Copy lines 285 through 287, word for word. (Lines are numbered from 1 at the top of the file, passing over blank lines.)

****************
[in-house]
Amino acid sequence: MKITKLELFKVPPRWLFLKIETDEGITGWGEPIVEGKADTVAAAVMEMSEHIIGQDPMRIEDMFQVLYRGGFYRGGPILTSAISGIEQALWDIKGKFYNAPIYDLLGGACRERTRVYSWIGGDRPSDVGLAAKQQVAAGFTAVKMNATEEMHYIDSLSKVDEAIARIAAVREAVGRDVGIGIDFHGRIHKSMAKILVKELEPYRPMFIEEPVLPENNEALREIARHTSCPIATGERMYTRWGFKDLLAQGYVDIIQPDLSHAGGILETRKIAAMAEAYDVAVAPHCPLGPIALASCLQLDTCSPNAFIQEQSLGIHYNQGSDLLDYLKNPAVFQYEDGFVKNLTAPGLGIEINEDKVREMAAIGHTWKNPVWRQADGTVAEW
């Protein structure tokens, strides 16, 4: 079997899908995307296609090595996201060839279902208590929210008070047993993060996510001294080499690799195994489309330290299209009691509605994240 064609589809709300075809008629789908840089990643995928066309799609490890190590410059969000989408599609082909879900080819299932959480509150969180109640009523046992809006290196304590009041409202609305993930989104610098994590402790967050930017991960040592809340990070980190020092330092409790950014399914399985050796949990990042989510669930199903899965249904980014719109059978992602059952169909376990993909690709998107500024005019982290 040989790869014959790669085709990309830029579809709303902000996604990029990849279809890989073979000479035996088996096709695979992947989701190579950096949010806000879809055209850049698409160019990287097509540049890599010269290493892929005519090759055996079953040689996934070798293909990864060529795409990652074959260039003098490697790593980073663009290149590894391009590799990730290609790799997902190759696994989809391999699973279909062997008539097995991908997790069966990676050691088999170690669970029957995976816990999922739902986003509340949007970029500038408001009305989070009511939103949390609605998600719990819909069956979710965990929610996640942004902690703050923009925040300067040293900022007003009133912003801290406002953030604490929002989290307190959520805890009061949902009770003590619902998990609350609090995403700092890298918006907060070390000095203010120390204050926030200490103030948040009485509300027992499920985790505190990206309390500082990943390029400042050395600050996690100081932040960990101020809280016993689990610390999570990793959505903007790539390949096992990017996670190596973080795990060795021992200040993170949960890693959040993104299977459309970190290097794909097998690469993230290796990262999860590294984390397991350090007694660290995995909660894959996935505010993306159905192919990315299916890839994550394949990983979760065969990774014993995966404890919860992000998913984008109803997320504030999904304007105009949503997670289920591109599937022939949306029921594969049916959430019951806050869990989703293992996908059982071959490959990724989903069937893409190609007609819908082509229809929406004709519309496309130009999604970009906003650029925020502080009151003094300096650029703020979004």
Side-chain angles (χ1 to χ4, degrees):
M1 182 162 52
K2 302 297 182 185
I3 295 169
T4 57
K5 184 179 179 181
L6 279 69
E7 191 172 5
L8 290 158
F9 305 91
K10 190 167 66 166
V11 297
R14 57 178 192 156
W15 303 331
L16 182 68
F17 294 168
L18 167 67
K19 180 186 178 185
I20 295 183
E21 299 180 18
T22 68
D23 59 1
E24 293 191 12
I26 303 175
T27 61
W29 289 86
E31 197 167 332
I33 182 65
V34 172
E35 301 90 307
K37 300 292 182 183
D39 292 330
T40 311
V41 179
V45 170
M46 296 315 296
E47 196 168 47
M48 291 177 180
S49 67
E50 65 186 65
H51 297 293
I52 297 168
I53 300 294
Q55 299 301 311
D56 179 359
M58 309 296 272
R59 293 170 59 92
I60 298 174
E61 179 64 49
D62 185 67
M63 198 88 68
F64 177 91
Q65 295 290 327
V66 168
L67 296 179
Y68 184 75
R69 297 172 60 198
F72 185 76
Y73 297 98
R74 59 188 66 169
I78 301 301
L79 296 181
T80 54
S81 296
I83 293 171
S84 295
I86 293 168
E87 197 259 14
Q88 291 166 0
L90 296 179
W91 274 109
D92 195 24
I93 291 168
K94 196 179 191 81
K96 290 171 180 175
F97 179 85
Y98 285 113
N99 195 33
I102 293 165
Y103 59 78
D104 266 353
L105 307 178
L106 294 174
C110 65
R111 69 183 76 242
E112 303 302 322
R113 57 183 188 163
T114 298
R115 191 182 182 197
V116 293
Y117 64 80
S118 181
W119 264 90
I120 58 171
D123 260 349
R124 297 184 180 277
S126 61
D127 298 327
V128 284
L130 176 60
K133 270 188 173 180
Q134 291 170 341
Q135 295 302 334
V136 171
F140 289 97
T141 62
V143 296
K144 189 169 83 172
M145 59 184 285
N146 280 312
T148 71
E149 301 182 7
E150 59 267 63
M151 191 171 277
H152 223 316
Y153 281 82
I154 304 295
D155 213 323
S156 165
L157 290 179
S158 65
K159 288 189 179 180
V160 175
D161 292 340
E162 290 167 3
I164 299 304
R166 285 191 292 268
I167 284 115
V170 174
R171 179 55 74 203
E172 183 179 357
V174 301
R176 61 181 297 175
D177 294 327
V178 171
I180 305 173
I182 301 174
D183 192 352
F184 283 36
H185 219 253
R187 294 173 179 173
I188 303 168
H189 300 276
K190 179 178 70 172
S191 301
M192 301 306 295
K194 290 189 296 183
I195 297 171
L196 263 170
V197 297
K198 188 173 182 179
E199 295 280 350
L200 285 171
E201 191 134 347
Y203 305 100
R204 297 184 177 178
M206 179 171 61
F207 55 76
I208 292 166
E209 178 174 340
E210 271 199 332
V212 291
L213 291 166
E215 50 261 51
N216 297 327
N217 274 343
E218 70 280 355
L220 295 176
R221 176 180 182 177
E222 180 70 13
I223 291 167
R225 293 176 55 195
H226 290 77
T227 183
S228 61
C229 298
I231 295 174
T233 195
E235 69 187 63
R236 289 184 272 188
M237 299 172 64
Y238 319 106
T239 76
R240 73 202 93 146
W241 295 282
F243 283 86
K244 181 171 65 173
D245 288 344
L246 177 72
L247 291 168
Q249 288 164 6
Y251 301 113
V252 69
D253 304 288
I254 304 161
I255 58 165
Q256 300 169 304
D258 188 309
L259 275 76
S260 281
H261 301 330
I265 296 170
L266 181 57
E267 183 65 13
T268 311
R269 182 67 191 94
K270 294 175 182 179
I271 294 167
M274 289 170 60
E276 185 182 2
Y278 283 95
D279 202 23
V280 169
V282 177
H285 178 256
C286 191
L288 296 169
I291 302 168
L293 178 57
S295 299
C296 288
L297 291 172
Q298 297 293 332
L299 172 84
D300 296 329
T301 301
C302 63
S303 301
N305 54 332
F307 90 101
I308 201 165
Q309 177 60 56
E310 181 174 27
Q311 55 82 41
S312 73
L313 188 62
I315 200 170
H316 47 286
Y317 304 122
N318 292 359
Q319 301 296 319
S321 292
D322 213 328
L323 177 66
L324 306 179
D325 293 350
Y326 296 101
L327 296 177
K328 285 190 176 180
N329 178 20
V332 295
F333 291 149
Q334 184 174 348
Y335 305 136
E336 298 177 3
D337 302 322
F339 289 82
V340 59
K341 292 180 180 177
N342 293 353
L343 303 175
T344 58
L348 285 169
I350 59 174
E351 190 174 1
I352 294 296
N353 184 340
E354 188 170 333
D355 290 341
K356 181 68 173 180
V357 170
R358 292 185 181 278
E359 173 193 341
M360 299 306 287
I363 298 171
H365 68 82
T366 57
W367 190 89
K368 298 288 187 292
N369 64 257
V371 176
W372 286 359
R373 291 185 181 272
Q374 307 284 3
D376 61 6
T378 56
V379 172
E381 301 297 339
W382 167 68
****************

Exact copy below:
W372 286 359
R373 291 185 181 272
Q374 307 284 3